Posts Tagged ‘unique’
Street photographer Eric Kim generated some buzz last month by recording himself shooting on the street with a GoPro mounted to his Leica M9. Now, he’s back again with an even cooler point of view: through the Leica M9′s viewfinder itself. This 10 minute video of Kim doing street photography in Santa Monica was recorded using a HTC EVO 4G smartphone stuck to the back of his camera.
Wouldn’t it be awesome if this kind of footage existed for all the iconic photographs taken throughout history?
Niklas Roy built a unique electronic “instant” camera using an old black & white video camera and thermal receipt printer. When turned on, the printer slowly prints the live video feed from the camera onto cheap receipt paper. Since the image isn’t stored anywhere first, the subject has to remain still during the three minutes it takes for the image to be printed.
As we sign off for this 4th of July weekend, we leave you with this neat experiment by videographer Jeremiah Warren. He recently purchased some small keychain cameras off eBay and mounted them to various fireworks, giving us a glimpse into what it’s like to be a 4th of July firework.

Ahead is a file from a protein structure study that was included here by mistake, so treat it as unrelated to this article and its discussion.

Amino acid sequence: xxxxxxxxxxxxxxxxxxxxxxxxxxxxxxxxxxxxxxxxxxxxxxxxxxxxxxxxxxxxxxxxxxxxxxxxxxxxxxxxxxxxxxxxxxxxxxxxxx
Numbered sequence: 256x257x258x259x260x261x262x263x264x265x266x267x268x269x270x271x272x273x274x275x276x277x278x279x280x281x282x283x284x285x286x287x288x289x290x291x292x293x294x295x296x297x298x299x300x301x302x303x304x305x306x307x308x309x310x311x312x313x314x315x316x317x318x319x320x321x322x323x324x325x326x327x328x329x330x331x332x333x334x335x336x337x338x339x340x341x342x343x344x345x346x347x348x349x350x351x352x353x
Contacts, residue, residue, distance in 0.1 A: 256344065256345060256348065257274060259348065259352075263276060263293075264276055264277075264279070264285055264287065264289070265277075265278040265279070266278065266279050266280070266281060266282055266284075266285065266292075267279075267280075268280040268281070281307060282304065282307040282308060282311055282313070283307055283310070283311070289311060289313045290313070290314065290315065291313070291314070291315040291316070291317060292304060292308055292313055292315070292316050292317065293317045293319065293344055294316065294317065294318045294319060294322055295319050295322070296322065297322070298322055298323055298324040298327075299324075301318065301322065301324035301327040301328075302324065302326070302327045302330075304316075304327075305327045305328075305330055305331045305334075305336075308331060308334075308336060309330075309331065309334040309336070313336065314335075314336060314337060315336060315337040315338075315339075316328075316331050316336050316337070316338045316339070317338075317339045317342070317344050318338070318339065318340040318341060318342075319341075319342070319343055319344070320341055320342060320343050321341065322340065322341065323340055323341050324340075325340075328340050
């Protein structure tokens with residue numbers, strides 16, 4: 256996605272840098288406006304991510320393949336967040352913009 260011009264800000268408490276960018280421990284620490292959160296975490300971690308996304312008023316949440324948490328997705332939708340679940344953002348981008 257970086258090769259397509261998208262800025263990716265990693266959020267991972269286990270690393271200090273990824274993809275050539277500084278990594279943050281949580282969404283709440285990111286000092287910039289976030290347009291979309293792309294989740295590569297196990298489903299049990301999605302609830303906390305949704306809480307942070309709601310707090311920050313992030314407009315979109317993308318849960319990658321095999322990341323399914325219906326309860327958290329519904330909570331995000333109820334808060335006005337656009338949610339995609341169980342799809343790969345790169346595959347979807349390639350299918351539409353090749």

Panamanian photographer José Castrellón‘s series Priti Baiks features portraits of men standing proudly next to their decorated bikes. The bikes are their owners’ only form of transportation, and the owners spend a considerable amount of their time and resources personalizing their bikes into symbols of identity and individuality.
German sports photographer Peter Langenhahn has an interesting way of documenting the important moments in a sporting event. Instead of showing them each in a separate photograph, he shoots events from a distant perspective and combines the important moments into a single image afterward. For example, one of his panoramas shows every single foul called throughout the course of a soccer match. After shooting up to 3,000 photos during an event, he spends up to 2-3 months combining them into a photo thats 100 GB in size and takes 6 hours just to save.
Math major and photo enthusiast Kris Hollingsworth created this beautiful photograph in which he light-painted an entire poem! It took patience and perseverance: practicing the technique took 15 hours, while the actual light painting took another two hours. The image is actually 9 separate photographs in one — eight lines of poetry and the self-portrait of Hollingsworth.